David Helwig


Born
in Toronto, Ontario, Canada
April 05, 1938

Died
October 16, 2018

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David Gordon Helwig grew up in Toronto and at Niagara-on-the-Lake, Ont. He attended the University of Toronto, where he earned a BA, and then completed an MA at the University of Liverpool.

First publishing as a poet, Helwig moved on to drama and fiction, including a series of novels focusing on characters living in Kingston, where Helwig lived for many years teaching at Queen's University. He has also taught at the Collins Bay Penitentiary near Kingston, an experience that led to his nonfiction work A Book about Billie (1972), an assemblage of prose derived from his interviews with a convict.

Helwig was a long-time editor at Oberon Press, where he edited the annual anthology Best Canadian Stories. He has written scripts for television and radio,
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Average rating: 3.87 · 241 ratings · 41 reviews · 59 distinct works
Saltsea

3.90 avg rating — 10 ratings — published 2006 — 4 editions
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The Stand-In

3.93 avg rating — 14 ratings — published 2002 — 4 editions
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Smuggling Donkeys

3.78 avg rating — 9 ratings — published 2007
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Coming Through: Three Novellas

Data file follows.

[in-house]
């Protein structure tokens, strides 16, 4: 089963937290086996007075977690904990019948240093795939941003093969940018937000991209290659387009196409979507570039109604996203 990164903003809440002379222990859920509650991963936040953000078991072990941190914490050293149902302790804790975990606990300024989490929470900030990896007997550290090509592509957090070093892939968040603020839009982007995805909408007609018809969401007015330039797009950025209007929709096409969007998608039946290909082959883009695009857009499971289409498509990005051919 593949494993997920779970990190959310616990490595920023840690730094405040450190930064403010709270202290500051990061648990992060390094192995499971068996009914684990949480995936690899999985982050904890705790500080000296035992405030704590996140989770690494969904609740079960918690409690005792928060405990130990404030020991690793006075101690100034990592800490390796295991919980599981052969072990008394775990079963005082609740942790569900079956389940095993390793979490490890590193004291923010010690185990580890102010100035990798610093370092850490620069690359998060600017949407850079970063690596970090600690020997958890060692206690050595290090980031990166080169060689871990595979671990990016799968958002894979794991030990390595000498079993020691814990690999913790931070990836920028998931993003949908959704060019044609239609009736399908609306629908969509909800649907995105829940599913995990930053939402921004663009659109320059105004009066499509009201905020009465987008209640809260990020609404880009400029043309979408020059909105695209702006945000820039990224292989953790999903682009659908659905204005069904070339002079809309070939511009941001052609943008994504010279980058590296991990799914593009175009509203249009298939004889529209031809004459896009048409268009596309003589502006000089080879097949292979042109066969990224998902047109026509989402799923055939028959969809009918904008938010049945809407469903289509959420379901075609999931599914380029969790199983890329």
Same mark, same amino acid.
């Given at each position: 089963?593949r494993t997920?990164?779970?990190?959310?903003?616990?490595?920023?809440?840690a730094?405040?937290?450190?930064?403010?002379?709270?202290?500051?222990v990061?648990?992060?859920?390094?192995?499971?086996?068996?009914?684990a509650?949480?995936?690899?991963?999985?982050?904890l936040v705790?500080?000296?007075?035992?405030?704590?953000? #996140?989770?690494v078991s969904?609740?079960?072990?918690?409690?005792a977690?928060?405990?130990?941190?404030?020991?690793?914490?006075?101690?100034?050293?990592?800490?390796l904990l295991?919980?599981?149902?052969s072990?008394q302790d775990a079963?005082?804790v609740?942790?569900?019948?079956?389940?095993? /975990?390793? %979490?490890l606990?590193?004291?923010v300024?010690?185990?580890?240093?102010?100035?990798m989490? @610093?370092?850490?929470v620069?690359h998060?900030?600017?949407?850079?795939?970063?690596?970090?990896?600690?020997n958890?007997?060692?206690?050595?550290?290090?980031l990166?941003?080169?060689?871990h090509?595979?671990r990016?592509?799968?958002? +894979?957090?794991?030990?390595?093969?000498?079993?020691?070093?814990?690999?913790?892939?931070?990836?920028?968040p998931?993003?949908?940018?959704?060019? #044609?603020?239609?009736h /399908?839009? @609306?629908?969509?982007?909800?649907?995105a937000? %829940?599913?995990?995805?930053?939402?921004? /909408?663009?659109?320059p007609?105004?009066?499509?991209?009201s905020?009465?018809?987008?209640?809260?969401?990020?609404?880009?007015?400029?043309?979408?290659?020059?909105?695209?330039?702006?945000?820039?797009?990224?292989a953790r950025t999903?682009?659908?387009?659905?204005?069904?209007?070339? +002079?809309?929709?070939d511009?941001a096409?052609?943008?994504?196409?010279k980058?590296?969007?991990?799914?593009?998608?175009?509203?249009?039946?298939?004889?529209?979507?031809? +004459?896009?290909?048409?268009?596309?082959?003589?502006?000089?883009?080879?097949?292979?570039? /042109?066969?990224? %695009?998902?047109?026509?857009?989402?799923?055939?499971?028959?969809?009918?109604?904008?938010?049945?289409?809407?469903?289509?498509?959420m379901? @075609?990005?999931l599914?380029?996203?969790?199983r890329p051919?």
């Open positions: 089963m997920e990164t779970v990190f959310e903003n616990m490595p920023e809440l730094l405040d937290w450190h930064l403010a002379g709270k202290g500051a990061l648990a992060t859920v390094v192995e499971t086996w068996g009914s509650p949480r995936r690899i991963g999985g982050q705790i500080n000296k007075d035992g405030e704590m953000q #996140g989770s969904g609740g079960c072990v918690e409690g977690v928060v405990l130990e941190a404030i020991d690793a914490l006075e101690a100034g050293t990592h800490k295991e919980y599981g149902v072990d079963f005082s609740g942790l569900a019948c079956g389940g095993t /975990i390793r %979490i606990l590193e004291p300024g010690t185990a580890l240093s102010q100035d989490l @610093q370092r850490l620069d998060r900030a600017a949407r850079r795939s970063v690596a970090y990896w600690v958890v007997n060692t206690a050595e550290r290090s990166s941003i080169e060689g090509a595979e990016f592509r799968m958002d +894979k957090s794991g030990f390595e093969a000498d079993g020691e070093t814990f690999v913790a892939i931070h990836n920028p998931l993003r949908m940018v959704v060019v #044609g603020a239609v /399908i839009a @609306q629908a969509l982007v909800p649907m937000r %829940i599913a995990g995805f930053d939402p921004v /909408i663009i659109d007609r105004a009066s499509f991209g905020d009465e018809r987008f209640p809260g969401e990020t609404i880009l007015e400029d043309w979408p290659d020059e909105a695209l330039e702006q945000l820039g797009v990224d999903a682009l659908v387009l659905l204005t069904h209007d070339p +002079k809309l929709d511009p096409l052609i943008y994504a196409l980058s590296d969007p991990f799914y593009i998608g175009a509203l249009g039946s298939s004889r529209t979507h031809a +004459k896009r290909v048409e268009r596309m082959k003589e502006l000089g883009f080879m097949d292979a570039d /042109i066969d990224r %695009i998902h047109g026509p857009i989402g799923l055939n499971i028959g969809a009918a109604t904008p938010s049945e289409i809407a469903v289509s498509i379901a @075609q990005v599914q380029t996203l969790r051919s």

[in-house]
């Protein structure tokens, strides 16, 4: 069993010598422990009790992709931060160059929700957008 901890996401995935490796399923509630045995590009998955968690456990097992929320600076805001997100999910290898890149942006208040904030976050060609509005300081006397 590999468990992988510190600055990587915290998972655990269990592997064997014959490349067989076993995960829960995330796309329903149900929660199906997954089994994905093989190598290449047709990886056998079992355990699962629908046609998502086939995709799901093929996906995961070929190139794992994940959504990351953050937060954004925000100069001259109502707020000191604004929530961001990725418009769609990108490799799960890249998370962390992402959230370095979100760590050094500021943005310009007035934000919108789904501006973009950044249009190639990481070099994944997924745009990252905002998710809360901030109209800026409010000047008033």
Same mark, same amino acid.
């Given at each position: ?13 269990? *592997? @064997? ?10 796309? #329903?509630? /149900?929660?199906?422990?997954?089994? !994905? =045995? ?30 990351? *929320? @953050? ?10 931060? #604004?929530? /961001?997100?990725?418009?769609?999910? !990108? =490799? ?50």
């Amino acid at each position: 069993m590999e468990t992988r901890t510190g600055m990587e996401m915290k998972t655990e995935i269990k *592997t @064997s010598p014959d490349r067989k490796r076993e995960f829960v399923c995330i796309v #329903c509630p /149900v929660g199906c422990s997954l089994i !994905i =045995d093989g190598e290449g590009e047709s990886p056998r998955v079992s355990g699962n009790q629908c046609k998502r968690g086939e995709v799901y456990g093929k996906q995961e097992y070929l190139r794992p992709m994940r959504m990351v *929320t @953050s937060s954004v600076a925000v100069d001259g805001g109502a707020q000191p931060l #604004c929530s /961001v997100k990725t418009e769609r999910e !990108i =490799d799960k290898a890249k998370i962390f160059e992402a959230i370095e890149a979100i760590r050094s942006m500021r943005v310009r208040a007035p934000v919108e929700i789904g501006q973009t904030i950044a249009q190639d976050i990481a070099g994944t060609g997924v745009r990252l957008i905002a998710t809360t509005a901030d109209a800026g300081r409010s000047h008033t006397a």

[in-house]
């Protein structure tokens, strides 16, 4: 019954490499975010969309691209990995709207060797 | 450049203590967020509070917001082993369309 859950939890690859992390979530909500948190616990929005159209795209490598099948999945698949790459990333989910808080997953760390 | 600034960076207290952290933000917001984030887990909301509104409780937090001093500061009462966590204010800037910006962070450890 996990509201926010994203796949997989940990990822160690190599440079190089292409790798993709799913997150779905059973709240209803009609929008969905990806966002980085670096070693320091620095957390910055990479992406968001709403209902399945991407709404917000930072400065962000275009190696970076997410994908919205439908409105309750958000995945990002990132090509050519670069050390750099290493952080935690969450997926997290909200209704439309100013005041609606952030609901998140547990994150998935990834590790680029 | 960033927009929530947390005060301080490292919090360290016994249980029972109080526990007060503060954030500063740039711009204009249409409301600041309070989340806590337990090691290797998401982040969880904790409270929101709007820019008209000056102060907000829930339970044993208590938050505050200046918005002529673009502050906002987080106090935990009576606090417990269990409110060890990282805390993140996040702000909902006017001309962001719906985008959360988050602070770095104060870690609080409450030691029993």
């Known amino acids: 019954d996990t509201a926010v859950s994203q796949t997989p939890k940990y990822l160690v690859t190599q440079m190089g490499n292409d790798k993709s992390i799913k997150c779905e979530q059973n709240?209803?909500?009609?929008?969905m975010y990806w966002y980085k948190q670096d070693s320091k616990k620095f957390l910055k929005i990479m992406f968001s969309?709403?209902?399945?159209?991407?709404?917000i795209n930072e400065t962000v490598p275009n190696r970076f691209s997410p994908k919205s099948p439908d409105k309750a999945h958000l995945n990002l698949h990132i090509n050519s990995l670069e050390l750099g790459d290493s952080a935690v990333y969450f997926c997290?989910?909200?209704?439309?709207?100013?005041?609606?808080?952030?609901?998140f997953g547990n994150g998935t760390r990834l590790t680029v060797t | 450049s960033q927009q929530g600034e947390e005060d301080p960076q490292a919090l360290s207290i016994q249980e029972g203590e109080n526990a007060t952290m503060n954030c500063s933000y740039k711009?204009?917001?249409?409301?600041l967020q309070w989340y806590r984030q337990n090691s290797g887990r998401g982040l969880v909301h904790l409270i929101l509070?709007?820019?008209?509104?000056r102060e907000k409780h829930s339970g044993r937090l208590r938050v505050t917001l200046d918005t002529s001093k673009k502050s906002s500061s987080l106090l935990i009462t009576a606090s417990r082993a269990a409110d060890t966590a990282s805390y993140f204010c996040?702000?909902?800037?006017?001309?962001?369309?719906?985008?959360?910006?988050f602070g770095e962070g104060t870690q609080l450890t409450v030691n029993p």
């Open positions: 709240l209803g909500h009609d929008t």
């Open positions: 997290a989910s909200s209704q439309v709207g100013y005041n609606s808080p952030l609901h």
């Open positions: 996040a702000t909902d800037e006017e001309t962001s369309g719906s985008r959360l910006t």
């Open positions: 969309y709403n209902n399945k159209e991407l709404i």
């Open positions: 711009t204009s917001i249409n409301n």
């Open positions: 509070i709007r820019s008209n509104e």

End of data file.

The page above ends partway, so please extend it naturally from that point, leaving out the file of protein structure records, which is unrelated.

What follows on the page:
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4.50 avg rating — 4 ratings — published 2007
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The Names of Things

4.25 avg rating — 4 ratings — published 2006
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Keeping Late Hours

4.67 avg rating — 3 ratings — published 2015
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It Is Always Summer

3.50 avg rating — 4 ratings — published 1982
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The Glass Knight

3.50 avg rating — 4 ratings — published 1983
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The Year One

3.67 avg rating — 3 ratings — published 2004
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Duet

it was amazing 5.00 avg rating — 2 ratings — published 2004
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More books by David Helwig…
93: Best Canadian Stories 94: Best Canadian Stories
(7 books)
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it was ok 2.00 avg rating — 1 rating

93: Best Canadian Stories
(1 book)
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0.00 avg rating — 0 ratings

“It was necessary to invent history in order to invent the future. The sense of necessity in Cromwell and Lenin (and even in Jefferson) springs from an obsession with time, change, an obsession with cause and effect that starts to make the effect seem like the cause of its own cause. The future is the cause of the past, and we play antiquarian games to reassure ourselves that the past is past and different so that we can believe that the future will be different too.”
David Helwig, The King's Evil

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